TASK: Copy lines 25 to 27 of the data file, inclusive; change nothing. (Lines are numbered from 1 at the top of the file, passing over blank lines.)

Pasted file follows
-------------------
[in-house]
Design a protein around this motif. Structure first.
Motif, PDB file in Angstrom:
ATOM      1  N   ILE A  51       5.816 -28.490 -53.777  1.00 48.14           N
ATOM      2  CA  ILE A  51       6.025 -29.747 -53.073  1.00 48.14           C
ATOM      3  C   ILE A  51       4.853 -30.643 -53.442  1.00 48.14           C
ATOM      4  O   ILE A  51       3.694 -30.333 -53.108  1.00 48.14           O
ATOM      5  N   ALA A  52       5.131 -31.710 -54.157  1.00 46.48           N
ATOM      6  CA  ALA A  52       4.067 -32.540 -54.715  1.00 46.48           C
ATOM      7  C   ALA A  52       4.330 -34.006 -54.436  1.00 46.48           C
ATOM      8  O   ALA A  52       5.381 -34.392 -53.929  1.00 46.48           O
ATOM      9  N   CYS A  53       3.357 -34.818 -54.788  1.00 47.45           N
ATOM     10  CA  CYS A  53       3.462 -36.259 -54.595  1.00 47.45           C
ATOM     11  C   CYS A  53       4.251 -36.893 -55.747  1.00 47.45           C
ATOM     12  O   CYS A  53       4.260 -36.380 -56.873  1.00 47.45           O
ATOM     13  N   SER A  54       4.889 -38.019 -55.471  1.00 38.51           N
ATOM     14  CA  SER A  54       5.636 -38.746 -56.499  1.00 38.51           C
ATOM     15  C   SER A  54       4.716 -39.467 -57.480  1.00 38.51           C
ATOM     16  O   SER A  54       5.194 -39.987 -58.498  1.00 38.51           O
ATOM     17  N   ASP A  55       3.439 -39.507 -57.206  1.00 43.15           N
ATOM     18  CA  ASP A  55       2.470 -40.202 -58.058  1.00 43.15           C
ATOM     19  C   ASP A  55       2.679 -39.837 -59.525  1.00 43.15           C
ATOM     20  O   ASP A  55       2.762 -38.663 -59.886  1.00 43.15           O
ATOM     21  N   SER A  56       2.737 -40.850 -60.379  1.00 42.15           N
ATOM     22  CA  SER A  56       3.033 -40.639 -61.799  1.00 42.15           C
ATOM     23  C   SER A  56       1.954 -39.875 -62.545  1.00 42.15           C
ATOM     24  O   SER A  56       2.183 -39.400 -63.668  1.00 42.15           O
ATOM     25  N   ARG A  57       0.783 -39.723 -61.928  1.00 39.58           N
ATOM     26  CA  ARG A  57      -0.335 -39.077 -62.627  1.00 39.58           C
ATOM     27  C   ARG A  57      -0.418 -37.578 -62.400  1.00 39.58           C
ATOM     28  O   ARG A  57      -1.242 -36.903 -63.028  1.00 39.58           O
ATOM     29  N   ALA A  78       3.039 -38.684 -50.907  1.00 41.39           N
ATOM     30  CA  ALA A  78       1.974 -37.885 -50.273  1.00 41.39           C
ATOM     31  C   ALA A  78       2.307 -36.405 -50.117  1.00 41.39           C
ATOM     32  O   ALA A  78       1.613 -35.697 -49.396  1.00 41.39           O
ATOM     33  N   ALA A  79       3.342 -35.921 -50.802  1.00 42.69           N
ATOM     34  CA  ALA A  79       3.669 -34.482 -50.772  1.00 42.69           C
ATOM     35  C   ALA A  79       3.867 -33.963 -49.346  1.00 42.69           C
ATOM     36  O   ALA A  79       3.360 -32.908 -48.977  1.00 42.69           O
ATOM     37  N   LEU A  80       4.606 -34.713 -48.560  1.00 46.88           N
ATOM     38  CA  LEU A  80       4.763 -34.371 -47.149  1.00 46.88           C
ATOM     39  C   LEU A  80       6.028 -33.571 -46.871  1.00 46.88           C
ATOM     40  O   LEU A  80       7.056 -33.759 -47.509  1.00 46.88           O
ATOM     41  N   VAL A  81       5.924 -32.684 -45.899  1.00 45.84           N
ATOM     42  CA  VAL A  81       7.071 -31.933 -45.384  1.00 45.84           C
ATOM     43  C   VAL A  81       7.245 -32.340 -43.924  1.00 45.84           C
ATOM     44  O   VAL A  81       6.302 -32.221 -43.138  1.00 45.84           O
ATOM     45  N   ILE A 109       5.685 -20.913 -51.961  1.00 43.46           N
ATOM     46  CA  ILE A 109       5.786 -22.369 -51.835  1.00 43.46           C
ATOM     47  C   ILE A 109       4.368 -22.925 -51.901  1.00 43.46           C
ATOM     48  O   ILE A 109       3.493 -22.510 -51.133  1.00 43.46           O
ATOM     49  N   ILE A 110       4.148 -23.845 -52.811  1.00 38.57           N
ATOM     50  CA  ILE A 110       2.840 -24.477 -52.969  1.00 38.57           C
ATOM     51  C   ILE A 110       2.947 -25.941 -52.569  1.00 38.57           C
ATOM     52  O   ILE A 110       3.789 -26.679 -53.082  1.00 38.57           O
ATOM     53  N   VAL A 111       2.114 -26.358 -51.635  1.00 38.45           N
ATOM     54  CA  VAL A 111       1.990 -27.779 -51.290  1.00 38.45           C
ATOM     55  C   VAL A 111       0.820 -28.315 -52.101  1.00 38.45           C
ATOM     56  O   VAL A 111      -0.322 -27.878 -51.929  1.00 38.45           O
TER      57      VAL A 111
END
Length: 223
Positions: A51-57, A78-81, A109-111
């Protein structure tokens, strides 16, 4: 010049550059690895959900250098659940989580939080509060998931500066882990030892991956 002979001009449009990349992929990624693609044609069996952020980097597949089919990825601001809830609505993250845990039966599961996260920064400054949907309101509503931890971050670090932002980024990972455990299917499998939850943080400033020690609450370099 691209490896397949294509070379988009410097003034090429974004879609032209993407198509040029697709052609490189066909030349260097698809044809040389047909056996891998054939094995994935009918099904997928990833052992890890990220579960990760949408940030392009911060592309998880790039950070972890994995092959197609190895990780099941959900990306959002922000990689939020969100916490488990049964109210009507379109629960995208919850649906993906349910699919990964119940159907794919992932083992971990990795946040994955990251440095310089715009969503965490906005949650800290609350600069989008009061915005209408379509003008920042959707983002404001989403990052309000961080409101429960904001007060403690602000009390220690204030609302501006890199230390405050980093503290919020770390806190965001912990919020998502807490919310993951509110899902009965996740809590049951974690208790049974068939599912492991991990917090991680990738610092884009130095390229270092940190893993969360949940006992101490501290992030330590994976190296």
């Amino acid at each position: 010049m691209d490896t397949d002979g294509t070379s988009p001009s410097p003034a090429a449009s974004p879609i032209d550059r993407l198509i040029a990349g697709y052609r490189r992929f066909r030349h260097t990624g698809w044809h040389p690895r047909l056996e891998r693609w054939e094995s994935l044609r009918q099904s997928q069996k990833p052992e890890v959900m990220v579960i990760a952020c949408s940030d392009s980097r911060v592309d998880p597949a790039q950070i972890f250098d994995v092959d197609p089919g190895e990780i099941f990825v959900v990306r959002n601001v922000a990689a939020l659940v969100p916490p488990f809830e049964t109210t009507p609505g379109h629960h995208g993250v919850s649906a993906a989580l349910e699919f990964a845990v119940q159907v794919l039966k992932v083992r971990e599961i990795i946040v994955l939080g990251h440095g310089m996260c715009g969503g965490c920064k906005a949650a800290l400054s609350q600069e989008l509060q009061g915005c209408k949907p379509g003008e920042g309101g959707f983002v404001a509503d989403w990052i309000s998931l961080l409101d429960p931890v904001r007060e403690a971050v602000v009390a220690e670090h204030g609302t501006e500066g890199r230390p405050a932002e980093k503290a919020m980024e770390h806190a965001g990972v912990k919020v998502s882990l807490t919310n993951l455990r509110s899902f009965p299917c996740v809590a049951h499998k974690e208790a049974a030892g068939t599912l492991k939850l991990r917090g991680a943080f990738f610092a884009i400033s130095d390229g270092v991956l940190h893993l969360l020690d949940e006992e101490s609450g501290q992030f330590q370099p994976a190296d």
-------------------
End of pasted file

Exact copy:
ATOM     22  CA  SER A  56       3.033 -40.639 -61.799  1.00 42.15           C
ATOM     23  C   SER A  56       1.954 -39.875 -62.545  1.00 42.15           C
ATOM     24  O   SER A  56       2.183 -39.400 -63.668  1.00 42.15           O